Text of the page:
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Pregnancy Image Gallery Birth defects, jaundice, and macrosomia are just some of the complications of gestational diabetes. Learn the symptoms, and more, of these conditions. See more pregnancy pictures.

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While the real symptom of gestational diabetes is elevated blood sugar, there are some serious complications that can stem from the condition. Women with poorly controlled diabetes, and their infants, have an increased risk for the following conditions during pregnancy and childbirth:

Birth defects. Women who have high glucose levels during the first six to eight weeks of pregnancy are most likely to bear children with birth defects. During that time, a baby's major organs are forming. High glucose levels can interfere with healthy development and damage the fetus's heart and spinal cord, as well as bones, kidneys, and gastrointestinal system. One study found that women who failed to attain good glucose control before getting pregnant were ten times more likely to bear a child with a birth defect.

Jaundice. For some reason, babies born to women with diabetes sometimes have this yellow discoloration of the skin and eyes. Jaundice occurs when the blood contains too much bilirubin, a by-product made when red blood cells break down. Although jaundice is usually harmless and fades after a few days, a physician must monitor the condition.

Macrosomia. This condition is also known as gigantism and large-for-gestational-age infant, but you can just think of it as Really Big Baby Syndrome. Plainly stated, women with poorly controlled glucose during pregnancy often give birth to immense infants. How big? By one definition, a baby is considered abnormally large if it weighs more than 9 or 10 pounds or tips the scales at a weight higher than 90 percent of other newborns.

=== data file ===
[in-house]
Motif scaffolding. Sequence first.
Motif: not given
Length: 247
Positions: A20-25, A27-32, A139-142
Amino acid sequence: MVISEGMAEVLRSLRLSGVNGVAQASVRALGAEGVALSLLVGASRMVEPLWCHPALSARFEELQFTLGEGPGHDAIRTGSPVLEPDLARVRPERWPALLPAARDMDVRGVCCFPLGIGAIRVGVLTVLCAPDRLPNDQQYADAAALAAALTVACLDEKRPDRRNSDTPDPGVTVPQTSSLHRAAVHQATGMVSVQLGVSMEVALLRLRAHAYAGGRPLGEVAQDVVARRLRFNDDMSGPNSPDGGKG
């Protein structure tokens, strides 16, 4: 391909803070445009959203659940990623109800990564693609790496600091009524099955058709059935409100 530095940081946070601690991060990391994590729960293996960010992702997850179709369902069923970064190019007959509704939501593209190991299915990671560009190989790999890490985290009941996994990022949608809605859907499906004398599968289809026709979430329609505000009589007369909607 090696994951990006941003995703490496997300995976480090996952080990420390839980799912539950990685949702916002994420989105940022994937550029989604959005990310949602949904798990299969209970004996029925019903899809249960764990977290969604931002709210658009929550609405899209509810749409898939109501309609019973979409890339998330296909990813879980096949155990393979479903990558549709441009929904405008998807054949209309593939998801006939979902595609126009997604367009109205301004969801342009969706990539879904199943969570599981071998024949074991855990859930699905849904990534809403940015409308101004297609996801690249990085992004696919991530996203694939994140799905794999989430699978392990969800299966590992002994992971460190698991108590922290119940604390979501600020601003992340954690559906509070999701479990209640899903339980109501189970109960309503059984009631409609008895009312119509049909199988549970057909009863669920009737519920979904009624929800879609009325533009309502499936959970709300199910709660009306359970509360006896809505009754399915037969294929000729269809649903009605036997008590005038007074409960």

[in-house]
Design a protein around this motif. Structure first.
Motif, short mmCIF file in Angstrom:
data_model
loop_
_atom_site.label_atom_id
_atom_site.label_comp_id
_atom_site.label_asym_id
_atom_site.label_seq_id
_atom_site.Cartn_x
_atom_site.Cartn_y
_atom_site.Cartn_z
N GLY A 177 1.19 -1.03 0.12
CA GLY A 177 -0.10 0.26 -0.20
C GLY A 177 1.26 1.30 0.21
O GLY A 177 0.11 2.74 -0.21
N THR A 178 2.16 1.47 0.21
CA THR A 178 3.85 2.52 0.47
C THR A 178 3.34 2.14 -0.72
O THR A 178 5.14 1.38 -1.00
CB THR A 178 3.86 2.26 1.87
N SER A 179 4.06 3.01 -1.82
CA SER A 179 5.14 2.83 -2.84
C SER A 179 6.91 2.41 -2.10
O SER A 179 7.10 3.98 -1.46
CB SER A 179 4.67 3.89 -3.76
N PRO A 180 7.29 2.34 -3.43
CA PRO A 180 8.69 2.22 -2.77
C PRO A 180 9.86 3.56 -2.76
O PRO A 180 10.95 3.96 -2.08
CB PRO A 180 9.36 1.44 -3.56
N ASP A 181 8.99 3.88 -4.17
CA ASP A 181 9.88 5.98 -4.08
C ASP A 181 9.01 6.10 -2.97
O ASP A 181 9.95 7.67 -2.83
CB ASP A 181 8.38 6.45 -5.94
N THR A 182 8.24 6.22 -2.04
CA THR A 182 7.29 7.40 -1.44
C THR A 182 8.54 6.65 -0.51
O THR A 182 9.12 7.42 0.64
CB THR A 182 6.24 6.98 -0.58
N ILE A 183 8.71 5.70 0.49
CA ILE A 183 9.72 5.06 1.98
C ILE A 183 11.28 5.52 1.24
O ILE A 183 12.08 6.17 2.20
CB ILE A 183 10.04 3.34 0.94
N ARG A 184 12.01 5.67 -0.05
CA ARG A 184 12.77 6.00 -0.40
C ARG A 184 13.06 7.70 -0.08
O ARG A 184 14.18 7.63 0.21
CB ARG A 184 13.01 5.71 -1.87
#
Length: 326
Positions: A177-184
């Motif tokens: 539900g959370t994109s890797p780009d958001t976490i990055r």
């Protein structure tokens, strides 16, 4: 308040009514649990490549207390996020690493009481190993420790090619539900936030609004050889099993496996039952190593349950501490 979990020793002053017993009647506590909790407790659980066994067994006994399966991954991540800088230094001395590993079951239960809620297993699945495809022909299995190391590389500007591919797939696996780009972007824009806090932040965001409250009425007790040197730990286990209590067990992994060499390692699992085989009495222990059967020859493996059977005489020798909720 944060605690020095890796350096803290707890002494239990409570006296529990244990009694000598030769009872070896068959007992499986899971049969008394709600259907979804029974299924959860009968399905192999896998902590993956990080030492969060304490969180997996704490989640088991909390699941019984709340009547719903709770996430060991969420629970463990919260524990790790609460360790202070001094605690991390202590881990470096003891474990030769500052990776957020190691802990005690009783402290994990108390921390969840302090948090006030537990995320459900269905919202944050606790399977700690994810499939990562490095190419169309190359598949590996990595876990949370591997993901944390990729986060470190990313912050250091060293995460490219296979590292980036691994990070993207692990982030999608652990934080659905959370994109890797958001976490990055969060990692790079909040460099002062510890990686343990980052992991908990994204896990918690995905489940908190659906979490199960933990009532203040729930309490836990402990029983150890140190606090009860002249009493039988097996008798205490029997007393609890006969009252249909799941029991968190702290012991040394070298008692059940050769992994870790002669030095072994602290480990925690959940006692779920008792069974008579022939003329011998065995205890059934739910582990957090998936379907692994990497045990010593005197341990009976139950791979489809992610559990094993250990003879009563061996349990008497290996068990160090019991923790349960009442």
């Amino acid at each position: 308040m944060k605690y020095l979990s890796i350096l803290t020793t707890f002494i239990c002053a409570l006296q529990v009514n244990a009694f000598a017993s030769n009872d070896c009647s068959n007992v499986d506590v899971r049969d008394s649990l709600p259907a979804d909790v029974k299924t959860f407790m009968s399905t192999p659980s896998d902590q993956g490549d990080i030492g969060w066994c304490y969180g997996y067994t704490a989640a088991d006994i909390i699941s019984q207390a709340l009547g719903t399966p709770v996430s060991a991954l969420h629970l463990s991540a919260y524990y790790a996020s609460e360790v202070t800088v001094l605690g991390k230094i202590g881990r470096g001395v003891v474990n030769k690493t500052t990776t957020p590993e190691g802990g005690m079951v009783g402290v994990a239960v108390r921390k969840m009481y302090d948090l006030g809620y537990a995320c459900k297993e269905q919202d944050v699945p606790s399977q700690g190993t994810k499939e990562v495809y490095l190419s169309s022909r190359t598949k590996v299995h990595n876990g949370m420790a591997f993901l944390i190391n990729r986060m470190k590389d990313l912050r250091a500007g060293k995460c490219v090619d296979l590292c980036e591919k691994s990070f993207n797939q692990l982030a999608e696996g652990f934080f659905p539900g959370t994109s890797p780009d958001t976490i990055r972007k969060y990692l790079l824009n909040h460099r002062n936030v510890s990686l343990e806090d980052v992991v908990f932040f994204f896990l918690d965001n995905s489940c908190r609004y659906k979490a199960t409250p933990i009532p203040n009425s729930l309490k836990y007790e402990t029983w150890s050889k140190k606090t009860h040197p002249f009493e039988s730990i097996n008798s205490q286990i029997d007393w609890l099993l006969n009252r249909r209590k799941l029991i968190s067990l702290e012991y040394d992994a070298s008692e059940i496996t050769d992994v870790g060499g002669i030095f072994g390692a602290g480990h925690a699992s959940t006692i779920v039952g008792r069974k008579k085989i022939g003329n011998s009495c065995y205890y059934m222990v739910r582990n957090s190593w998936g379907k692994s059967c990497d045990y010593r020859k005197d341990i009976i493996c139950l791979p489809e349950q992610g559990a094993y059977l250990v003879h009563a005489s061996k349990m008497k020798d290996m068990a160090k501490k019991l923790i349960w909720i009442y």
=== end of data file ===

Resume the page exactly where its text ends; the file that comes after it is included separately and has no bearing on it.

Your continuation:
Apart from the fact that a large newborn can't squeeze into the darling little outfit you knitted for him (and boys are more likely to be plus size than girls), what's the big deal? Plenty.

  • The risk of stillbirth (death of a fetus in the late stages of pregnancy) increases dramatically when an infant is very heavy (10 to 12 pounds). The risk is even higher in mothers with uncontrolled diabetes.
  • Fat infants often grow up to be fat adults, with an increased risk for type 2 diabetes. (Interestingly, children with low birth weight appear to have a high risk for developing diabetes, too.)
  • During delivery, big babies have a heightened risk for a scary situation called shoulder dystocia, in which the infant's head emerges but the shoulders get stuck. Shoulder dystocia can result in serious harm to both the infant and mother.
  • Women who have large infants are twice as likely to require cesarean delivery; they also experience more birth canal injuries.
  • Moms are also more likely to experience hemorrhaging and need a blood transfusion.
  • Lugging around a heavyweight fetus can make the last months of pregnancy a backbreaking experience.

Continue to the next section for more complications related to gestational diabetes.

This information is solely for informational purposes. IT IS NOT INTENDED TO PROVIDE MEDICAL ADVICE. Neither the Editors of Consumer Guide (R), Publications International, Ltd., the author nor publisher take responsibility for any possible consequences from any treatment, procedure, exercise, dietary modification, action or application of medication which results from reading or following the information contained in this information. The publication of this information does not constitute the practice of medicine, and this information does not replace the advice of your physician or other health care provider. Before undertaking any course of treatment, the reader must seek the advice of their physician or other health care provider.